We review a district court's belief that it lacked the authority for a downward departure under the Sentencing Guidelines under an abuse of discretion standard. Koon, 518 U.S. at 99-100. Thus, we note that although a determination of the permissible factors a court may consider in departing downward under any circumstances is a question of law, and we are not required to defer on that point, the abuse of discretion standard includes review to determine whether a court was guided by an erroneous legal Conclusion. Id. A district court by definition abuses its discretion when it makes an error of law. Id. at 100.
B. Investigative Techniques
During the sentencing hearing and on appeal, the government argued that the district court lacked the authority to consider a downward departure, asserting that even if Coleman had in fact established a case of selective prosecution, there was no basis for a downward departure and the government was "unaware of any legal authority... to depart below the applicable sentencing guideline range because of the method of investigation." Gov't Br. at 13. Moreover, the government alleged that courts have repeatedly refused to allow downward departures
based on governmental misconduct. The government, however, misunderstands the import of Koon3.
A downward departure is permitted when there is a mitigating factor that has not been adequately considered in formulating the Sentencing Guidelines. 18 U.S.C. § 3553(b); see also 1998 U.S.S.G. § 5K2.0. Because the Commission "did not adequately take into account cases that are, for one reason or another 'unusual,'" such factors will normally not be considered in the typical "heartland" of cases embodying the conduct that each Guideline describes. Koon, 518 U.S. at 93 (quoting 1995 U.S.S.G. ch. 1, pt. A, intro. comment. 4(b)). A court may grant a downward departure, then, if circumstances exist which take the case out of the typical "heartland" of cases embodied by the Guideline. Id. at 93-94. The Supreme Court, adopting a test proposed by the First Circuit, stated that a court considering a departure should inquire:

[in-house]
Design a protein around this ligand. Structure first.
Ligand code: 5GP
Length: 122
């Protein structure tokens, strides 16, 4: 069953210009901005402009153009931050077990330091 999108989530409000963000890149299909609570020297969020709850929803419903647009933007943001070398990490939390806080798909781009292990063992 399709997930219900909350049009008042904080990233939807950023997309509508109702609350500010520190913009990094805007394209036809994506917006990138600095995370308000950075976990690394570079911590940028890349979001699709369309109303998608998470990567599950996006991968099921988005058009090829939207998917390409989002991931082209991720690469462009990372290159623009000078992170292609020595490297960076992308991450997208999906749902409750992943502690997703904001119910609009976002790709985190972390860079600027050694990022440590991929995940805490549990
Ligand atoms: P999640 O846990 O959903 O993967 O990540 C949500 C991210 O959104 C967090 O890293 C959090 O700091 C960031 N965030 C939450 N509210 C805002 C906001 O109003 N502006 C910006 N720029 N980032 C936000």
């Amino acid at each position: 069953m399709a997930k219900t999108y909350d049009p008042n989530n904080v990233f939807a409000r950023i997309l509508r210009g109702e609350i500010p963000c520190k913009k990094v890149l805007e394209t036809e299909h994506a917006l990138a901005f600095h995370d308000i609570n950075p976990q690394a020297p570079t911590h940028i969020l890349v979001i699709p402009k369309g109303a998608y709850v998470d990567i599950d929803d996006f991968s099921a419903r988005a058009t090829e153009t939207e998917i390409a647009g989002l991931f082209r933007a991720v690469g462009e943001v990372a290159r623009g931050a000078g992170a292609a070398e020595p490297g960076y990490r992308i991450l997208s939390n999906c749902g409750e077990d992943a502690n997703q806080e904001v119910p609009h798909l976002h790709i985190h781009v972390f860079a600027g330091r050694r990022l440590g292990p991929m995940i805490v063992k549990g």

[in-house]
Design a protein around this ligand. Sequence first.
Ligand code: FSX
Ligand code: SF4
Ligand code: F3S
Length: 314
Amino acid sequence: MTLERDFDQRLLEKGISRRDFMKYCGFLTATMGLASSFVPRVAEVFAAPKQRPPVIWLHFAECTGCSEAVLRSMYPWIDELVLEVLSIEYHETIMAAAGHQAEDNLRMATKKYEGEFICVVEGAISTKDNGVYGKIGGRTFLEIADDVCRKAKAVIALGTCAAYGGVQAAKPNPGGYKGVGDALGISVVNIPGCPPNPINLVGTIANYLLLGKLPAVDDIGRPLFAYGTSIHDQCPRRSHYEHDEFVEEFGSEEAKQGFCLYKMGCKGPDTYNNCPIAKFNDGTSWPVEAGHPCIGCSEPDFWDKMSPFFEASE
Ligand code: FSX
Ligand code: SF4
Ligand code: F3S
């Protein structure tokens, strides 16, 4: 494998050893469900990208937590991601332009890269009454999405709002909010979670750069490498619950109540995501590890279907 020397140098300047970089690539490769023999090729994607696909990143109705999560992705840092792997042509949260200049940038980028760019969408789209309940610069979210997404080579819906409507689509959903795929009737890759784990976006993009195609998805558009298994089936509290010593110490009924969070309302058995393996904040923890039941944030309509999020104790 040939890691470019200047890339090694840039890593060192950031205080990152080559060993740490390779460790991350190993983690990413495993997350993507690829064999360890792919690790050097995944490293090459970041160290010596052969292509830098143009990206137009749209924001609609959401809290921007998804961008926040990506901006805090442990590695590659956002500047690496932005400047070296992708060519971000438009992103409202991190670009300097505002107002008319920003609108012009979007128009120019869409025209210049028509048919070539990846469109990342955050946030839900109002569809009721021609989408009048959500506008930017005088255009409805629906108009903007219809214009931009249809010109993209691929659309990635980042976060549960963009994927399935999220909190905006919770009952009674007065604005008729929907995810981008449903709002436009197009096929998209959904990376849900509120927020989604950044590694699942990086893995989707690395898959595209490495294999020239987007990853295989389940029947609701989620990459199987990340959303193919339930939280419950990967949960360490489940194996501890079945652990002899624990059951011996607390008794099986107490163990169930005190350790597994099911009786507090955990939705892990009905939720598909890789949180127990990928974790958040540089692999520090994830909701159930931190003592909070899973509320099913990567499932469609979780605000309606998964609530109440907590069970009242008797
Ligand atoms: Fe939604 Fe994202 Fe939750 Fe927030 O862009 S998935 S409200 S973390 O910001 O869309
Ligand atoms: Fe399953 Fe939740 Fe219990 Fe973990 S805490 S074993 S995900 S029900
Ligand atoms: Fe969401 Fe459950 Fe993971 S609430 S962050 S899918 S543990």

"1) What features of this case, potentially, take it outside the Guidelines' "heartland" and make of it a special, or unusual, case? 2) Has the Commission forbidden departures based on those features? 3) If not, has the Commission encouraged departures based on those features? 4) If not, has the Commission discouraged departures based on those features?"
Id. at 95 (citation omitted). "If a factor is unmentioned in the Guidelines, the court must, after considering the 'structure and theory of both relevant individual guidelines and the Guidelines taken as a whole,' decide whether it is sufficient to take the case out of the Guideline's heartland." Id. at 96 (citation omitted)(emphasis added).